Art In Motion
Photography by Louis Petruccelli
Have you ever watched a ballet or beautiful dance performance and just wished you could capture the energy, the movement, or at least tuck a tangible snippet away that you could frame and enjoy anew every time you saw it? We were fascinated to learn about Charlie Ford and his captivating work which unites the art of dance with the tangible art of drawing. Using charcoal to record the movement and gracefulness of dance, Charlie's work is a must-see. Below he shares his thoughts and how his process has evolved.
Art. Motion. The combination of the two. This concept came from the personal dissatisfaction I was having with moving/dancing at the time of my studies. The daily process of entering the studio, taking class, and then simply leaving for another class was never enough for me. I always wanted to stay behind and discuss with class mates some of the processes we undertake as dancers; such as the spacial consumption of the moving body, whether we could retrace and remember physical sensations from the class, and how this idea could be voiced outside of the dance spectrum.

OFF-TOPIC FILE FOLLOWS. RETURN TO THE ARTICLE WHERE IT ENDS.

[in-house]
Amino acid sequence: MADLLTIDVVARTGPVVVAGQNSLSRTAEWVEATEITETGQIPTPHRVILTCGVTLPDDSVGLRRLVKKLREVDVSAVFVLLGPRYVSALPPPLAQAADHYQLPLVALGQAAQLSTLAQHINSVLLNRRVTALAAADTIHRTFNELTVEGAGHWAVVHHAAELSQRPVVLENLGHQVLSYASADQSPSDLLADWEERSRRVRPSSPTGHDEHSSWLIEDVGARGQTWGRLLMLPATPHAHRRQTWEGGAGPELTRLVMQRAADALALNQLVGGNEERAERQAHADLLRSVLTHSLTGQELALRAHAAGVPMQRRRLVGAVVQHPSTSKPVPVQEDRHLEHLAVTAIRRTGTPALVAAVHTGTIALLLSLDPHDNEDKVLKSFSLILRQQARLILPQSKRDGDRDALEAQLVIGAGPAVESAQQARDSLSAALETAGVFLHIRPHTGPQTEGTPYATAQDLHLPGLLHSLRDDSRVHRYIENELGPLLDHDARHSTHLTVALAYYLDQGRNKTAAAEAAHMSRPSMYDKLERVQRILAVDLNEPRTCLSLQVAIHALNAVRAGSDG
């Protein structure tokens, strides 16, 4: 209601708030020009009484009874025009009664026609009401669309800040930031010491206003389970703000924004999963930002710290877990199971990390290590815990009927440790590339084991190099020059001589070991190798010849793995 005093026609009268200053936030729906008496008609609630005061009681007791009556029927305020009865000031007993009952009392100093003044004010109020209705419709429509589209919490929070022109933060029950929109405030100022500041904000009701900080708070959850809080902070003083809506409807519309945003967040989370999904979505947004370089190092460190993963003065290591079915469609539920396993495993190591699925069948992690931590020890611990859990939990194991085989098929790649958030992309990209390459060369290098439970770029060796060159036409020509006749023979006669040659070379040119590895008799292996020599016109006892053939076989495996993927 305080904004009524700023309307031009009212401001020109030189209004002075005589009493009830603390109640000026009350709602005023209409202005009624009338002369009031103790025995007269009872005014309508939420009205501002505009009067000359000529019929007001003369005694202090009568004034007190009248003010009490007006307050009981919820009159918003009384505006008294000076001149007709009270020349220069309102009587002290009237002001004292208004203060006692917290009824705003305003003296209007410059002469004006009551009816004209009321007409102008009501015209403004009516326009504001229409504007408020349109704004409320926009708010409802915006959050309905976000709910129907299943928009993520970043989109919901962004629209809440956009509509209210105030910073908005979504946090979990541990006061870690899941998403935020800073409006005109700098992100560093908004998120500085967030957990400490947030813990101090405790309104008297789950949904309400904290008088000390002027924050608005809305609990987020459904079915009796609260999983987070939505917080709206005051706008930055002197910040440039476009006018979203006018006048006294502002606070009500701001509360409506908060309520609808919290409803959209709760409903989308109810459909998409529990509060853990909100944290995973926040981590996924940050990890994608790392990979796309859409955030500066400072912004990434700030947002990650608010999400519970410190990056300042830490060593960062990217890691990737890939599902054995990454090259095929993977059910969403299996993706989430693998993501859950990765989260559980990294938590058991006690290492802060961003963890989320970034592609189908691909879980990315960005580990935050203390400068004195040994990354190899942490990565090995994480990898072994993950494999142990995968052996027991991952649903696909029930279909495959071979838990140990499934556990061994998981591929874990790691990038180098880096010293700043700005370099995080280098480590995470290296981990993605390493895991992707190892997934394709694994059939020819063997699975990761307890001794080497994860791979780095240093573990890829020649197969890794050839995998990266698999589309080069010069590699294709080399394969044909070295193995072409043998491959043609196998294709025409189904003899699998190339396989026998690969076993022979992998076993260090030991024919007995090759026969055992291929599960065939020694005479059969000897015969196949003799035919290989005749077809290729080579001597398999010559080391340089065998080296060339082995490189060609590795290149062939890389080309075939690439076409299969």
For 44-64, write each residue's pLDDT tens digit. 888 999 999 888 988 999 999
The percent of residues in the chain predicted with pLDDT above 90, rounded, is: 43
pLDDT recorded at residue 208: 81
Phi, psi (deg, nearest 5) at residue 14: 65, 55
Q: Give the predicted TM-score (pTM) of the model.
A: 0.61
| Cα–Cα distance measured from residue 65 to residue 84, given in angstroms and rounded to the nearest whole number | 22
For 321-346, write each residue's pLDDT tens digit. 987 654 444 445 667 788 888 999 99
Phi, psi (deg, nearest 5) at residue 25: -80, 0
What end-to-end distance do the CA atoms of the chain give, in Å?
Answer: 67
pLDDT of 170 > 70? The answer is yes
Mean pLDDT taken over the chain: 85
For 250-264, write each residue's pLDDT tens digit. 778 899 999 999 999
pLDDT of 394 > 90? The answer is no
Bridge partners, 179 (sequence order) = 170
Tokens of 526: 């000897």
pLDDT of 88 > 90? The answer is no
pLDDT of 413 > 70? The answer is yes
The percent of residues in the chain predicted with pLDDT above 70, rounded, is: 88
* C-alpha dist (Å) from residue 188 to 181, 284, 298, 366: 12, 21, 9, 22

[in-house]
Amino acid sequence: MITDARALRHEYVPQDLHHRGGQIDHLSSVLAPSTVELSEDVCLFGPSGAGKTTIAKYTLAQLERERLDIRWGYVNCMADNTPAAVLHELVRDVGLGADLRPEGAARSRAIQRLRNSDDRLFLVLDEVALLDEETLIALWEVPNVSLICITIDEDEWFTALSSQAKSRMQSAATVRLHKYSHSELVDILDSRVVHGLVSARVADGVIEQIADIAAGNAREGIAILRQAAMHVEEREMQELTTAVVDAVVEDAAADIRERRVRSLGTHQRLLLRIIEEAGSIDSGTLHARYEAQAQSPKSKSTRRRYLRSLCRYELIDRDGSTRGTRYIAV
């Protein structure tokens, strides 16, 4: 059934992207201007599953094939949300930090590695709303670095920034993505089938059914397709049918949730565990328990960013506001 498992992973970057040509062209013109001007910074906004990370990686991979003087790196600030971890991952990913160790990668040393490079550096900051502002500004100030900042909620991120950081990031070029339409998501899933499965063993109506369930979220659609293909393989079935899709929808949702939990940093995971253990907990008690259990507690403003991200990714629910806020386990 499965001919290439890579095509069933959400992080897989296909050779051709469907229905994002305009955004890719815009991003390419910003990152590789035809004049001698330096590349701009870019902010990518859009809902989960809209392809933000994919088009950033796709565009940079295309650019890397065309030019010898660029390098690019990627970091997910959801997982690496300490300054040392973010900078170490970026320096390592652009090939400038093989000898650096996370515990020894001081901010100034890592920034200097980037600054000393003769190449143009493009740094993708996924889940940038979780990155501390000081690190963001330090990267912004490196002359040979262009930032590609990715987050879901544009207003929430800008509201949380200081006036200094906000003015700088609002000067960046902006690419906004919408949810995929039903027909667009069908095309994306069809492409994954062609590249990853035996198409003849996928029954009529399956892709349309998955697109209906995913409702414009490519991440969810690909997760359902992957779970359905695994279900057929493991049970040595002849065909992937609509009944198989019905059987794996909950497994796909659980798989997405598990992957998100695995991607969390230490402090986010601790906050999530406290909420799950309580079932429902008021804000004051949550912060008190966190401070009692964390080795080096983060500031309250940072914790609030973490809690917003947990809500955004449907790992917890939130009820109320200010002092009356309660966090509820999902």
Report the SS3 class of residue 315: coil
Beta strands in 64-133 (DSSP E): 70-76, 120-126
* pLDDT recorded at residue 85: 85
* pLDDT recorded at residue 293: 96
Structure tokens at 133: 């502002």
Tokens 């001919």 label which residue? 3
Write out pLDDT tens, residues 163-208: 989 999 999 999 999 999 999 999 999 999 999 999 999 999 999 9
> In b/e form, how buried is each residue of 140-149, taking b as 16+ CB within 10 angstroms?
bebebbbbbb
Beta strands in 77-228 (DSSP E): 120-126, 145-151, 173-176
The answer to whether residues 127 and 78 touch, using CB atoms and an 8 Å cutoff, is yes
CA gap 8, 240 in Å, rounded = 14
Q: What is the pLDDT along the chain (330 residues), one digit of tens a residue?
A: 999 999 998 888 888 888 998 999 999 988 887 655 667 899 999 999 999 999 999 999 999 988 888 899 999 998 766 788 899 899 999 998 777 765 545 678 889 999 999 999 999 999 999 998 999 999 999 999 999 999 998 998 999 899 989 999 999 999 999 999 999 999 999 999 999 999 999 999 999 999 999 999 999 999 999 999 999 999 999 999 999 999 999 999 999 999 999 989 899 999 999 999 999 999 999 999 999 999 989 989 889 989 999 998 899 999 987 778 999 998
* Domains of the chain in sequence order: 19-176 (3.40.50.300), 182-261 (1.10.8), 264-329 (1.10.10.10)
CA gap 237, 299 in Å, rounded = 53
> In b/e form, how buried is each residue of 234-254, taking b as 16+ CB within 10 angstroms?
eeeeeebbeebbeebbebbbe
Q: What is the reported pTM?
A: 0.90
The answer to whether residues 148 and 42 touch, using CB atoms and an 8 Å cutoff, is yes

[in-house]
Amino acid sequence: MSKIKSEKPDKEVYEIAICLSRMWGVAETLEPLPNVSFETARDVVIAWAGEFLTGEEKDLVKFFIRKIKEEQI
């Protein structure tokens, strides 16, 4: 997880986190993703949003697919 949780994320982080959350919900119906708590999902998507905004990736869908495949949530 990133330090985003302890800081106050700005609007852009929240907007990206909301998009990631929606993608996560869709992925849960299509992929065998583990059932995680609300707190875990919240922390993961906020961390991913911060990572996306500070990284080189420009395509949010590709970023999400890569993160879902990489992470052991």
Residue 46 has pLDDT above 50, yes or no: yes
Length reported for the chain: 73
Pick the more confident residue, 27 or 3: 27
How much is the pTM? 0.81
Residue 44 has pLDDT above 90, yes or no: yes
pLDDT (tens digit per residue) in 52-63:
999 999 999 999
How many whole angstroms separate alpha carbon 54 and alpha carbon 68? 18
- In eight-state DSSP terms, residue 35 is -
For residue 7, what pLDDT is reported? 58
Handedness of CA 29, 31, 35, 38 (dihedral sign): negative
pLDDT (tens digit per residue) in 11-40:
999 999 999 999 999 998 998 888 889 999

Visually documenting human motion became a necessary action and a vital tool for me to discover further knowledge about my body as a dancer. The internal conversation between movement and visual documentation felt as if it gave me further knowledge on what I could do to improve physically, but more importantly, develop choreographic maturity, research and direction. As an artist I have always drawn, and when this idea of documenting became important in understanding my practice, mark-making/drawing seemed a natural visual output.
I aim to question what the two mediums have to offer to each other; meanwhile enjoying the freedom to move with drawing mediums on the body, and discover alternative approaches to drawing.
As a performance artist, Charlie Ford has presented drawing installations throughout London, as well as Sweden, Australia and the Czech Republic. He has just finished up a week long exhibition at Arts Depot in London, an interactive drawing installation in which he completed seven drawings throughout the week opening the space up to observers to come and draw in the gallery. Keep up with his work here as he is soon to be in Melbourne and at Oxford University in May.